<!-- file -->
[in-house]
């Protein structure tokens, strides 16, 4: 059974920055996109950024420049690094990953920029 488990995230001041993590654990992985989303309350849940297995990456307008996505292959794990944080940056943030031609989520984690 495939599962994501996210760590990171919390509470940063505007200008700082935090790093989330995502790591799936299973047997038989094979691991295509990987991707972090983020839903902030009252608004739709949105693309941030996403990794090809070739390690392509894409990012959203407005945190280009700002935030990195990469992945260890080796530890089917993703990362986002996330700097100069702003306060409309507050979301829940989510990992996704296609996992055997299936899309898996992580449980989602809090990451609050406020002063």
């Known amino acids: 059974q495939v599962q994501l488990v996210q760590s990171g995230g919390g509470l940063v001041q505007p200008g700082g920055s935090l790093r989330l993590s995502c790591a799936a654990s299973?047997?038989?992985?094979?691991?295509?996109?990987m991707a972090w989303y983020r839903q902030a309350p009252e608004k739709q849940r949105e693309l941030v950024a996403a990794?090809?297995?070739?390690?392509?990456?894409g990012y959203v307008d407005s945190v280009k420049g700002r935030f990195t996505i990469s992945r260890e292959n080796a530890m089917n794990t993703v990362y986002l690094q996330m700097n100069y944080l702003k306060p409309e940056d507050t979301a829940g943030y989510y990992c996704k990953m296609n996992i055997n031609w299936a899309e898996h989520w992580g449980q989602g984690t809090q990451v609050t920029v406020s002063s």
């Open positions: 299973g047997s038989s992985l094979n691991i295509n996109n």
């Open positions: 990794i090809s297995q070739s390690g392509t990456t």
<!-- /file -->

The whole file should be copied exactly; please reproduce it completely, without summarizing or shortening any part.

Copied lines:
[in-house]
């Protein structure tokens, strides 16, 4: 059974920055996109950024420049690094990953920029 488990995230001041993590654990992985989303309350849940297995990456307008996505292959794990944080940056943030031609989520984690 495939599962994501996210760590990171919390509470940063505007200008700082935090790093989330995502790591799936299973047997038989094979691991295509990987991707972090983020839903902030009252608004739709949105693309941030996403990794090809070739390690392509894409990012959203407005945190280009700002935030990195990469992945260890080796530890089917993703990362986002996330700097100069702003306060409309507050979301829940989510990992996704296609996992055997299936899309898996992580449980989602809090990451609050406020002063």
């Known amino acids: 059974q495939v599962q994501l488990v996210q760590s990171g995230g919390g509470l940063v001041q505007p200008g700082g920055s935090l790093r989330l993590s995502c790591a799936a654990s299973?047997?038989?992985?094979?691991?295509?996109?990987m991707a972090w989303y983020r839903q902030a309350p009252e608004k739709q849940r949105e693309l941030v950024a996403a990794?090809?297995?070739?390690?392509?990456?894409g990012y959203v307008d407005s945190v280009k420049g700002r935030f990195t996505i990469s992945r260890e292959n080796a530890m089917n794990t993703v990362y986002l690094q996330m700097n100069y944080l702003k306060p409309e940056d507050t979301a829940g943030y989510y990992c996704k990953m296609n996992i055997n031609w299936a899309e898996h989520w992580g449980q989602g984690t809090q990451v609050t920029v406020s002063s």
């Open positions: 299973g047997s038989s992985l094979n691991i295509n996109n």
């Open positions: 990794i090809s297995q070739s390690g392509t990456t």